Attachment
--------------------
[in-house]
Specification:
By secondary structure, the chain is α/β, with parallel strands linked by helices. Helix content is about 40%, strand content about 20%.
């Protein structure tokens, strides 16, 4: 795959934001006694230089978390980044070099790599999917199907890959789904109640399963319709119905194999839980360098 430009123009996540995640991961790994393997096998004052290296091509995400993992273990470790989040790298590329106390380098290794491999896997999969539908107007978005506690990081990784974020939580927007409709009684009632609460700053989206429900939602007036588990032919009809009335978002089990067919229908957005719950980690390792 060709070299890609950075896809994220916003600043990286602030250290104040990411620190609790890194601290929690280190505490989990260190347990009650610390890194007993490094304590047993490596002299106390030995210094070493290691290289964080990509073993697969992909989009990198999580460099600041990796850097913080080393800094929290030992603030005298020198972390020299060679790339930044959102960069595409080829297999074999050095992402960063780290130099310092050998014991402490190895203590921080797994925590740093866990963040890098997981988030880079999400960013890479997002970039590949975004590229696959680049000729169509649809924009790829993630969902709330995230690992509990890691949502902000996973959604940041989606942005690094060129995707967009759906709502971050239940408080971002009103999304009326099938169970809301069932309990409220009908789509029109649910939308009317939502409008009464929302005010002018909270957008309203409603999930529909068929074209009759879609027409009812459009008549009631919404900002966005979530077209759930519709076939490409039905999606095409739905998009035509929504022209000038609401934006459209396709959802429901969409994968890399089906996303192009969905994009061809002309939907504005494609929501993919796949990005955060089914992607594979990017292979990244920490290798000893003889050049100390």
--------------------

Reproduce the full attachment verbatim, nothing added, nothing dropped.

[in-house]
Specification:
By secondary structure, the chain is α/β, with parallel strands linked by helices. Helix content is about 40%, strand content about 20%.
């Protein structure tokens, strides 16, 4: 795959934001006694230089978390980044070099790599999917199907890959789904109640399963319709119905194999839980360098 430009123009996540995640991961790994393997096998004052290296091509995400993992273990470790989040790298590329106390380098290794491999896997999969539908107007978005506690990081990784974020939580927007409709009684009632609460700053989206429900939602007036588990032919009809009335978002089990067919229908957005719950980690390792 060709070299890609950075896809994220916003600043990286602030250290104040990411620190609790890194601290929690280190505490989990260190347990009650610390890194007993490094304590047993490596002299106390030995210094070493290691290289964080990509073993697969992909989009990198999580460099600041990796850097913080080393800094929290030992603030005298020198972390020299060679790339930044959102960069595409080829297999074999050095992402960063780290130099310092050998014991402490190895203590921080797994925590740093866990963040890098997981988030880079999400960013890479997002970039590949975004590229696959680049000729169509649809924009790829993630969902709330995230690992509990890691949502902000996973959604940041989606942005690094060129995707967009759906709502971050239940408080971002009103999304009326099938169970809301069932309990409220009908789509029109649910939308009317939502409008009464929302005010002018909270957008309203409603999930529909068929074209009759879609027409009812459009008549009631919404900002966005979530077209759930519709076939490409039905999606095409739905998009035509929504022209000038609401934006459209396709959802429901969409994968890399089906996303192009969905994009061809002309939907504005494609929501993919796949990005955060089914992607594979990017292979990244920490290798000893003889050049100390």